Listmania 2019 – The Honorable Mentions

It’s that time of year again. A time of reflection, contemplation, deep thought. A time for serious introspection, for critical analysis. This is serious business, and sharing this work is vital to the survival of any self-respecting blog.

Yes, I mean year end lists.

But really, it seems to almost be a tradition at this point. People will reflect on the year gone by and make lists about their favorites. In this case, that would be favorite albums. And since I have been so remiss in writing lately, I felt it would be well for me to appropriate the list-making agenda and do so here. So there you have it, Listmania 2019.

Today, I’ll be starting with the honorable mentions. These are 5 albums that, when making a list for my favorites of the year, appeared on the list, but just didn’t quite make the top 10. No order here, just some really, really good albums that were (narrowly in some cases) beaten out by the competition. Each one of these albums is a staggeringly good work of art, and well worth contemplation and repeat listens.

Second to Sun – Legacy

Having previously written about this album, it should come as no surprise this was a top album of the year. Legacy is just so good. Synthesizing black metal aesthetics with death metal sensibilities, and layering on top of that Russian history and folklore makes for a haunting, captivating listen. The music is heavy, progressive at times, and thoroughly engaging. Second to Sun continue to impress with each new release.

Wilderun – Veil of Imagination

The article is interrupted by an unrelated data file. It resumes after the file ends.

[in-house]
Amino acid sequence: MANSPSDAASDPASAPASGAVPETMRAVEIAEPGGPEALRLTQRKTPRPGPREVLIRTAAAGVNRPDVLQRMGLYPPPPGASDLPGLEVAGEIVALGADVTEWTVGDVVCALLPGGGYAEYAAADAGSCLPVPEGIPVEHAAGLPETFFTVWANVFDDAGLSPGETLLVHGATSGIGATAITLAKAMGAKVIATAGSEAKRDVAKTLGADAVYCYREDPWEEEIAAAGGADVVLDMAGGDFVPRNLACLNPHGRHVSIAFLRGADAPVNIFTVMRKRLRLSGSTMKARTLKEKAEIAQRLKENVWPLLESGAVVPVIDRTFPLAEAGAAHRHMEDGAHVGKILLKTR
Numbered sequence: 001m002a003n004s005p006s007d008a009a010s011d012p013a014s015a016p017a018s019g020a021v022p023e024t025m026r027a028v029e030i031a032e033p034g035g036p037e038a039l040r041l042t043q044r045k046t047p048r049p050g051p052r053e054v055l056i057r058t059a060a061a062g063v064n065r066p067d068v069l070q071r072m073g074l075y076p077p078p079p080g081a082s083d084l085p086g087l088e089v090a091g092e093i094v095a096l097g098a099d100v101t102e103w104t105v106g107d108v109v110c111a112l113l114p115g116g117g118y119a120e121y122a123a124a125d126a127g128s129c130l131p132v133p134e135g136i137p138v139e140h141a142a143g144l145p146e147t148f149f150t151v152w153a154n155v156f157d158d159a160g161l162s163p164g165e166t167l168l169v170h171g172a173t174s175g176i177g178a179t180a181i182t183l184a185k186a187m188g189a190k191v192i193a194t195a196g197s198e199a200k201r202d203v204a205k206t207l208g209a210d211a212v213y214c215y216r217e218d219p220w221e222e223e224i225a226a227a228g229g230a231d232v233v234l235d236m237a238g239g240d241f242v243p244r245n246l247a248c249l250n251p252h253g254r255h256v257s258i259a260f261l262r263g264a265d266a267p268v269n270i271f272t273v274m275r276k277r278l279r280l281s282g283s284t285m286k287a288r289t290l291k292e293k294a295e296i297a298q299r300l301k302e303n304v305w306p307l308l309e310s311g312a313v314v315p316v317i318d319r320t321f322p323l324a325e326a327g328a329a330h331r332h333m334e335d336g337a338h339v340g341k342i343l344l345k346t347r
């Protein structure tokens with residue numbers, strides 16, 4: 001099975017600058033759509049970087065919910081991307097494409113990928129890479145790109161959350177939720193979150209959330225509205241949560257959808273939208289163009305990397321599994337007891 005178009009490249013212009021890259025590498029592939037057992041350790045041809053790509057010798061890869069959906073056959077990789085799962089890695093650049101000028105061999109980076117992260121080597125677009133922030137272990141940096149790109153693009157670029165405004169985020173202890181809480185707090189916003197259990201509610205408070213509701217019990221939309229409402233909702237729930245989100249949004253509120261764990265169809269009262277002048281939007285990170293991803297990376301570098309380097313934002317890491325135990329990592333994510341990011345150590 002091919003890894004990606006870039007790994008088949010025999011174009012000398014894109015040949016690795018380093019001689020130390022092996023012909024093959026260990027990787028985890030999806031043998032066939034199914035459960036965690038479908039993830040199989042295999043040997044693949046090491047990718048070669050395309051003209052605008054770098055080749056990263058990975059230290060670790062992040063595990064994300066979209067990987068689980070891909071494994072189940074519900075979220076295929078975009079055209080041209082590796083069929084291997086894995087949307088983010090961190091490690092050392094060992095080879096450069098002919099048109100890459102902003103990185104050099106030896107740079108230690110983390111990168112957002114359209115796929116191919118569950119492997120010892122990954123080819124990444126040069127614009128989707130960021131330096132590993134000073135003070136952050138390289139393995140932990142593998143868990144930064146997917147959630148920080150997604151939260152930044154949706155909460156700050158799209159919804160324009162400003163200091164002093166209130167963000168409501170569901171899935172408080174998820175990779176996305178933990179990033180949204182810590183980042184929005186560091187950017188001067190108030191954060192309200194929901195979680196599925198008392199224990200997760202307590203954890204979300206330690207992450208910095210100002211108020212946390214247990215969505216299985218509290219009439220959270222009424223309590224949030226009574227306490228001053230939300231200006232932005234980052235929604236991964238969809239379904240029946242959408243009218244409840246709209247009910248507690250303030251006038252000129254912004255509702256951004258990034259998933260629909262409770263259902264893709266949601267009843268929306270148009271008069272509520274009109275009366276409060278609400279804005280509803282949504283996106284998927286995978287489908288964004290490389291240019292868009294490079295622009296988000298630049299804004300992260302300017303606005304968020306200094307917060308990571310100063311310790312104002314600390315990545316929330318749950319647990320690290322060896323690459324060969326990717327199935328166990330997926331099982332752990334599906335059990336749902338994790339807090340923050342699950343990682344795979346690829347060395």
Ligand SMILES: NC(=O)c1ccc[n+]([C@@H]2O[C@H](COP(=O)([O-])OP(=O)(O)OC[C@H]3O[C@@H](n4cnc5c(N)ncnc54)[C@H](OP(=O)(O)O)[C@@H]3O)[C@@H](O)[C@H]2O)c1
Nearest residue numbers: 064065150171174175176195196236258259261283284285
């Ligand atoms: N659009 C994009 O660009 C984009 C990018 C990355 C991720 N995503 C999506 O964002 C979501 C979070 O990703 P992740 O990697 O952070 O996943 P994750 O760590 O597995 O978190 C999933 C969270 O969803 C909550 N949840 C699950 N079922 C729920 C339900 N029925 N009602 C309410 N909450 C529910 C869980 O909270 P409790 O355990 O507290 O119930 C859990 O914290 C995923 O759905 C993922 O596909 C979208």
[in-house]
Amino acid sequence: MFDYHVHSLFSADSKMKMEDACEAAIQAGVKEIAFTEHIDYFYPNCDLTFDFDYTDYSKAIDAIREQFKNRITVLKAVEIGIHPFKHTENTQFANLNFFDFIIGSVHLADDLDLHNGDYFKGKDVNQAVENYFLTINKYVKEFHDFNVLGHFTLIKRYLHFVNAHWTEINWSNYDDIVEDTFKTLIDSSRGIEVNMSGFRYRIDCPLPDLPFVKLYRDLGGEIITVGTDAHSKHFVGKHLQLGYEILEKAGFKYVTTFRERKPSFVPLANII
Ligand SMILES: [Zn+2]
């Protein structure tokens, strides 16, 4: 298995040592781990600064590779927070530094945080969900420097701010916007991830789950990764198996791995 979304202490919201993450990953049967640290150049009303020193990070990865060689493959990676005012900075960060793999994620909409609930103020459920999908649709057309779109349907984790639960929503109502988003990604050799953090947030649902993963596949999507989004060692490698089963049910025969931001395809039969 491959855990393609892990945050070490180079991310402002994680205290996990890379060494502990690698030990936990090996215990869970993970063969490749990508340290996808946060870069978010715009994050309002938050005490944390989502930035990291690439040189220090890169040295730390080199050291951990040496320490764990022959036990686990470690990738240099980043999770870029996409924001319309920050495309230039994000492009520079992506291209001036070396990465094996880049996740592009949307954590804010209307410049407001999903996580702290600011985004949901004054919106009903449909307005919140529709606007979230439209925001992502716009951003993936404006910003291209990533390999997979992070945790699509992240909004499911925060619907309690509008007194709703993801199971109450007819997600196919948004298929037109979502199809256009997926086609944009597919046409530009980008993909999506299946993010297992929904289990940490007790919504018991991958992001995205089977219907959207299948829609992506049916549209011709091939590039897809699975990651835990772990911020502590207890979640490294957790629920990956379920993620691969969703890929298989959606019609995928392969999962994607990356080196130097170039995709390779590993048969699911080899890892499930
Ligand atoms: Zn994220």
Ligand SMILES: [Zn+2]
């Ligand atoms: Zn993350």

I really, really like what Wilderun are doing. This band from Massachusetts been progressive death metal with folk metal/music in a brilliant manner. After all the superlatives thrown at their previous release from 2015, there was a lot riding on where they would go from there. Well, Veil of Imagination proves they had more to give, as it is better in every way. Honestly, the only reason this album is an honorable mention is I just haven’t been able to give it the time it deserves. Every time I listen I think “I really need to listen to this album more/again”, and every time I don’t. I can tell this is a brilliant album, one that would rank much higher had I given it the time it deserves and requires.

Arch/Matheos – Winter Ethereal

I’ve said it before, and I’ll say it again. John Arch is one of, if not the, very best metal vocalists ever. His vocal lines are brilliant, unusual, lovely, haunting and so unique. And Jim Matheos is one of metal’s greatest songwriters. Having these two together will always make me smile. I love Winter Ethereal, and it was probably one of my most anticipated albums of the year, as previous release Sympathetic Resonance is a masterwork of progressive metal. Winter Ethereal doesn’t quite hit the same highs as predecessor, though, and that is the only reason it ends up here in the honorables, rather than up in the top 10.

Sermon – Birth of the Marvellous

This one came out of nowhere. First release from a one person band (with some help), Birth of the Marvellous is a marvelous album of progressive music. Think somewhere between Soen (who also had a brilliant album this year), Porcupine Tree, with hints of Katatonia. If those comparisons don’t pique your interest, check your pulse, you might be dead. But really, this is a progressive masterpiece and another album that, had I spent more time with it, very likely would rank higher on my list. A concept album, an existential journey, a true work of art.

Slow – VI – Dantalion

Look, this album rules. Okay? It just does. I love everything about it. I even love that it is dense, off-putting, super slow. It takes real effort to get into VI – Dantalion, and that is the only reason it didn’t rank higher. There are plenty of times I have thought “Let’s listen to Slow!” Only to say to myself, “Maybe not today, not sure I’m up to it.” Such is the music of Slow. It is unrelenting in its inexorable march to the murkiest depths of despair. But it is also wonderful, brilliant, and the best funeral doom I have heard all year.

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